Biophysics is a discipline that bridges and includes both the biological sciences and the physical sciences. Biophysics is concerned with physical and chemical explanations of living processes, especially at the cellular and molecular levels. The past 20 years have witnessed a revolution in biological sciences, and biophysics has played an important role in that revolution. Detailed molecular descriptions are emerging for genetic elements and for the mechanisms that control their propagation and expression. Protein structure, nucleic acid structure, enzyme mechanisms, the phenomena underlying cellular behavior, excitable phenomena in nerve, muscle and visual cells, and integrative neural phenomena all have been subject to intense biophysical study. Physicists and other scientists with strong backgrounds in mathematics, chemistry and physics have played dominant roles in these developments; they will continue to contribute as more detailed descriptions become available and increasingly complex phenomena are studied.
Chemistry is concerned with the study of matter and the changes matter can undergo. The chemistry program provides a basic foundation for career opportunities in chemical research and teaching, scientific communication and information transfer and the health professions. Students who desire preparation for advanced study in chemistry or allied fields where research experience is advantageous should complete the chemistry honors program.
Cinema Studies is an interdisciplinary program designed to acquaint students with the history and interpretation of cinema and to allow them to combine knowledge of the field with the traditional aims of an undergraduate arts and sciences education. The program can satisfy the needs of students who seek a general exposure to the field or who are preparing for careers in cinema scholarship, journalism, criticism, arts management or entertainment law. Students seeking employment in the filmmaking industry should know that this program does not provide professional technical training.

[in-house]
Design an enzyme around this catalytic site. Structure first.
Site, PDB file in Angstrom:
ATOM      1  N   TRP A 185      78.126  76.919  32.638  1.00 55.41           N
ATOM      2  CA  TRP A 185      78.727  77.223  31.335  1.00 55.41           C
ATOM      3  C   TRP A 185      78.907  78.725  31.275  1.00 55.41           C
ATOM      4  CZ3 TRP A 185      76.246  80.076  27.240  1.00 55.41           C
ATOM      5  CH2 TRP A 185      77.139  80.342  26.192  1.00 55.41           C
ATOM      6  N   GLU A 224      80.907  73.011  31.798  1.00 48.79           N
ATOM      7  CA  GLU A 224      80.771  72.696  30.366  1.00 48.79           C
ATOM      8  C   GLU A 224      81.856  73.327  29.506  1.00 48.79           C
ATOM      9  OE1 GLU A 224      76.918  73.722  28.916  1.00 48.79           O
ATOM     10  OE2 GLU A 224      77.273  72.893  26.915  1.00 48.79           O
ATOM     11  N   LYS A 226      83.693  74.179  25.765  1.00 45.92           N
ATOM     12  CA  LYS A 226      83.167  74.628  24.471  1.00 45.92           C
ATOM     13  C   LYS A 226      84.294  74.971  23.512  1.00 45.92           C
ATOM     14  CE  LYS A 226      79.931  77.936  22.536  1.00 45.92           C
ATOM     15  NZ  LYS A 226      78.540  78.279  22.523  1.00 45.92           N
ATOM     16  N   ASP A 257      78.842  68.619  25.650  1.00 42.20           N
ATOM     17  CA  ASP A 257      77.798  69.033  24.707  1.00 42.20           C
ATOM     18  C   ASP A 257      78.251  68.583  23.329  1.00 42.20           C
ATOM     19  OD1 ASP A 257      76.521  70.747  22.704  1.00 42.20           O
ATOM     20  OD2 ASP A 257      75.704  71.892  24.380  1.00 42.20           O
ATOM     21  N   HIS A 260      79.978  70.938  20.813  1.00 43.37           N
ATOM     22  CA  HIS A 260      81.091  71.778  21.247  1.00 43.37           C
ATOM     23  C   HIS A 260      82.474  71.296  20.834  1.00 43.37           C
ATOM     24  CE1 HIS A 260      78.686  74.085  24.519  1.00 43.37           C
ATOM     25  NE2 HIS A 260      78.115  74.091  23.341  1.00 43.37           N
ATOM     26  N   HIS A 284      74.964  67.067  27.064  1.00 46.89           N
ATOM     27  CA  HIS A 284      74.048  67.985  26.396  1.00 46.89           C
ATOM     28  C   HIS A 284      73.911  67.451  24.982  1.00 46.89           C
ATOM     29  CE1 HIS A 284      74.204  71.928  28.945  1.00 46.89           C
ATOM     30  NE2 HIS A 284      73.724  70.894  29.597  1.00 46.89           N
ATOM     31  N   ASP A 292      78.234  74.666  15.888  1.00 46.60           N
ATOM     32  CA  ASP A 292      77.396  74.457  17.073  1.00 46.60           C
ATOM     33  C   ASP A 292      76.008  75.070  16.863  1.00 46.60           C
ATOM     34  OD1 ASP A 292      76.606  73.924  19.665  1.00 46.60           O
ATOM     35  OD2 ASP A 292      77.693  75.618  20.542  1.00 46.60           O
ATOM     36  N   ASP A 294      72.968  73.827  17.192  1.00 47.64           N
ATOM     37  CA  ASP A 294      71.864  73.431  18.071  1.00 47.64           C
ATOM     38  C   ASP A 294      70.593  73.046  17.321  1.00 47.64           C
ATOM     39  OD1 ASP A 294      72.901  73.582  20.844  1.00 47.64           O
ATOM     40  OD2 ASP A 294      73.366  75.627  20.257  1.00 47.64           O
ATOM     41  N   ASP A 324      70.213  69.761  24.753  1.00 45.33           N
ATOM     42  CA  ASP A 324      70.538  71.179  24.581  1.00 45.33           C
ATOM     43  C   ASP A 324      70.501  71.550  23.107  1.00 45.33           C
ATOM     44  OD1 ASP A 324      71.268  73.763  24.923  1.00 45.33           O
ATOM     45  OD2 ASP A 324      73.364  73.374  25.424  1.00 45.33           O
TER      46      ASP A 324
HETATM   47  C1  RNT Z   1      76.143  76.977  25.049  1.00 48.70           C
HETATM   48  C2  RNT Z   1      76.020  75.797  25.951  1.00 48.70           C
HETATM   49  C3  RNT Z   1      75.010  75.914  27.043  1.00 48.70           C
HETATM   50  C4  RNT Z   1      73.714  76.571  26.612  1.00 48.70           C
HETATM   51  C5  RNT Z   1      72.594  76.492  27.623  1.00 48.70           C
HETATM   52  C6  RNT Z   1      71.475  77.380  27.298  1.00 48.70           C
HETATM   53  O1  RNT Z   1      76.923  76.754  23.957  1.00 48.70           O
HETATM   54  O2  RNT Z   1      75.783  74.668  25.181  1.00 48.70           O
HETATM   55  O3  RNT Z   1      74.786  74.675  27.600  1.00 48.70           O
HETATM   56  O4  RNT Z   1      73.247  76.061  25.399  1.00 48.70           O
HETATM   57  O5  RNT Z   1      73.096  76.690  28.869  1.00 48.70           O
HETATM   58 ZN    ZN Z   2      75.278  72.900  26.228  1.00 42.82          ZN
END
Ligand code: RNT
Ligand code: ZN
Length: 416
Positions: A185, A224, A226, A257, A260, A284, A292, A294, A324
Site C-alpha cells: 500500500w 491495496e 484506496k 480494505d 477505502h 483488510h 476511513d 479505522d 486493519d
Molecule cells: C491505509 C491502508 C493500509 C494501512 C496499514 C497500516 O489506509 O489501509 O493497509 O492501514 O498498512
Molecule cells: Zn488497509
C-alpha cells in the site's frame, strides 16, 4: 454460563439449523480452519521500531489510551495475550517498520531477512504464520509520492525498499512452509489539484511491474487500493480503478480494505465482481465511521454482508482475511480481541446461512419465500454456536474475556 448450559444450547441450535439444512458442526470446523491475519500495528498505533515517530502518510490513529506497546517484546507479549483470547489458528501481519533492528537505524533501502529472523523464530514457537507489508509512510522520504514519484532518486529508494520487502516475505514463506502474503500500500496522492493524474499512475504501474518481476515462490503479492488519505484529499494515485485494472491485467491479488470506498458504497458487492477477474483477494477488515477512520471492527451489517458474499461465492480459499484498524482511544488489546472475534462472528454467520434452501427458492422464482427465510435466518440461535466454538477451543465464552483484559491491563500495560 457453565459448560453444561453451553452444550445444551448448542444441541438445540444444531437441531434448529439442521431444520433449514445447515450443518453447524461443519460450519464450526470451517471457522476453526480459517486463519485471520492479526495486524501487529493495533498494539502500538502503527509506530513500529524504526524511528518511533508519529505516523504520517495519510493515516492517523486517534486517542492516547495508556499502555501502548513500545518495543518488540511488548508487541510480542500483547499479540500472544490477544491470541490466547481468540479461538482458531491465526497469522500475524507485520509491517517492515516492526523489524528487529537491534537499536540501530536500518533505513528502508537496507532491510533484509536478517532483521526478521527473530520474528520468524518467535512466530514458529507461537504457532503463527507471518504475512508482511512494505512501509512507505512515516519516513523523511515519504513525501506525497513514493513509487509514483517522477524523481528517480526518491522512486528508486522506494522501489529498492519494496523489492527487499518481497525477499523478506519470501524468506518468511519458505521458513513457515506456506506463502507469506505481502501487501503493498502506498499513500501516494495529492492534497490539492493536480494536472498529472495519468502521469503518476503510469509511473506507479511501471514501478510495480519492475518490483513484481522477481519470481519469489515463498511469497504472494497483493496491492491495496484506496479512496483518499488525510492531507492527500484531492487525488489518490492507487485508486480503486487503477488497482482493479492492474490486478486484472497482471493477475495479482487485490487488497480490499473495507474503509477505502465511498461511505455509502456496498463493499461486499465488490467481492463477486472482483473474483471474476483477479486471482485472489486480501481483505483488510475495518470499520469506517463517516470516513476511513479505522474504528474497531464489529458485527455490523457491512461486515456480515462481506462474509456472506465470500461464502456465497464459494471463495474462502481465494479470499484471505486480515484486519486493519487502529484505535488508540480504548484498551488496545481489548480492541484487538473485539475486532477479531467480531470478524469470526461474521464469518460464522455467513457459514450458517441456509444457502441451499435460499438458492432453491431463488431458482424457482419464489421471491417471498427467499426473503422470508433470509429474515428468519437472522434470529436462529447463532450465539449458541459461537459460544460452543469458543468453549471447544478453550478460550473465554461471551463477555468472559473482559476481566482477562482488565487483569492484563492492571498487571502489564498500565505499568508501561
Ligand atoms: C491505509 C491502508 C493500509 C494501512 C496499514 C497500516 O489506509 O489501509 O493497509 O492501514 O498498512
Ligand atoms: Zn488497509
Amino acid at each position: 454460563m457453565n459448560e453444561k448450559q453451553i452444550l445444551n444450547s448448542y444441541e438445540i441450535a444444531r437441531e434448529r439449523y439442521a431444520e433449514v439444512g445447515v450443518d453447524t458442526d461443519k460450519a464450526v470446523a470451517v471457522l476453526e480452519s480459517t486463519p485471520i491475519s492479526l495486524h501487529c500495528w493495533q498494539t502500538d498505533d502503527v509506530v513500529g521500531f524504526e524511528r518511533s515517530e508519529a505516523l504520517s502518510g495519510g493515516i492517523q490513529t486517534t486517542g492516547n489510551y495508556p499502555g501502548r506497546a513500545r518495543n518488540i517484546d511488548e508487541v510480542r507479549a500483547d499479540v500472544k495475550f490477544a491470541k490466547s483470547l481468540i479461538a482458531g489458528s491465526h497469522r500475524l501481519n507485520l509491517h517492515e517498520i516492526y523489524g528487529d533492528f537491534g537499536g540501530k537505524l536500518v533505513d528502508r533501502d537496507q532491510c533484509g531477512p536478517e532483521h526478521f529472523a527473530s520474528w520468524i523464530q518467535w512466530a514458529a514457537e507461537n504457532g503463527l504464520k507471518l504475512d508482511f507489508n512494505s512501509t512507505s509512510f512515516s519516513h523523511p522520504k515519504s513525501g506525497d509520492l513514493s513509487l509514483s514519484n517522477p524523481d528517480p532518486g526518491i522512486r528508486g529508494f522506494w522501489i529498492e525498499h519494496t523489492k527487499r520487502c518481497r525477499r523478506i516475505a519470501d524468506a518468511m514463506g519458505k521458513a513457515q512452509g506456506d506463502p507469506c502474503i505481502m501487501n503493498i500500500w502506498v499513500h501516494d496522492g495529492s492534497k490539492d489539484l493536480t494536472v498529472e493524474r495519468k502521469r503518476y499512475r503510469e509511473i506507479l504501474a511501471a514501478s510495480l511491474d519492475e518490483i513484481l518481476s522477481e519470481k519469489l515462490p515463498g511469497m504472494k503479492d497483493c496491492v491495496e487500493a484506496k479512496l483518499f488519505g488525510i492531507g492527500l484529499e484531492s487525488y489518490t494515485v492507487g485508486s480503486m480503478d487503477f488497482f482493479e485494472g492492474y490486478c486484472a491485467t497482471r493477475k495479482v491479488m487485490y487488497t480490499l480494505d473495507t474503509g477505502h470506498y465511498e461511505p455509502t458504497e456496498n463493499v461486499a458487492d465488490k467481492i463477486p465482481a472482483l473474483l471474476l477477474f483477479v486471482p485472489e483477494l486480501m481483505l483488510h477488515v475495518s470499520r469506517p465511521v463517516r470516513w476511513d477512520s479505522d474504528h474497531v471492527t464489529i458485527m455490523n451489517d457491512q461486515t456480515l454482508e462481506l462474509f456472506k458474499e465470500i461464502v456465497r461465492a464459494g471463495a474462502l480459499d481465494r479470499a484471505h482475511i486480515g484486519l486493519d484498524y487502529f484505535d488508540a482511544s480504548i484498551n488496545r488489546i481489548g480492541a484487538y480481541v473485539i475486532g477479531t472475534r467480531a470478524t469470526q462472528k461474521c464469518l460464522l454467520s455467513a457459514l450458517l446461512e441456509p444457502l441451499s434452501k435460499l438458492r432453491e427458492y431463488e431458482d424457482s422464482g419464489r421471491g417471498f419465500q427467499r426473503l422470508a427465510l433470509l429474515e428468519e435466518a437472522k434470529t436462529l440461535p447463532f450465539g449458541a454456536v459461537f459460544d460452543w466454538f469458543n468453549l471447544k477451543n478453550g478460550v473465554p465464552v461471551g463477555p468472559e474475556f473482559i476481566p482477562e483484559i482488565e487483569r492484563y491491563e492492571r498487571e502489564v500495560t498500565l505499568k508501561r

The Department of Classical Studies at Penn promotes the investigation and interpretation of all aspects of ancient Greek and Roman culture and its influence through the Middle Ages and Renaissance up to the present day. As such it focuses not just on the ancient languages and literatures, but also on material culture, history (political, social,
|economic and intellectual), philosophy,
religion, mythology and the classical tradition.
The department offers two tracks towards the major: Classical Languages and Literature (track 1) and Classical Civilization (track 2).
The Department of Classical Studies also offers a major in Ancient History. Working from a basis in the Graeco-Roman world, this major encourages students to engage in a sustained study of pre-modern cultures. This major allows students to focus on ancient languages and literatures, as well as material culture, history, philosophy, religion and mythology from a range of pre-modern cultures and civilizations.
Cognitive science is the empirical study of intelligent systems, including the human mind. It is, by its very nature, an interdisciplinary science combining results from biology, computer science, linguistics, mathematics, neuroscience, philosophy and psychology. It combines the application of approaches from all of these disciplines to the study of language processing, perception, action, learning, concept formation, inference and other activities of the mind and the applications of the resulting theories to information technology and the study of artificial intelligence.
The major in Communication consists of 14 courses, eleven in Communication and three in other departments, selected to support a student’s primary interests. The curriculum has three goals:
To expose students to major strains of communication scholarship—on media systems and their functions, the relationships of these systems to cultural, political, and economic life, and myriad influences of communication on the ways people think and behave;
To ensure that students acquire basic familiarity with the methods of research used in communication scholarship and practice; and
To permit flexible opportunities for advanced study in particular topics of a student’s own choosing.
Areas of concentration within the Annenberg School curriculum include critical, cultural and historical media studies; research on children, family and media; health communication; and political communication. The curriculum also offers opportunities for independent study, internship experience, study abroad and—through the Communication and Public Service program—putting communication to work in the service of community.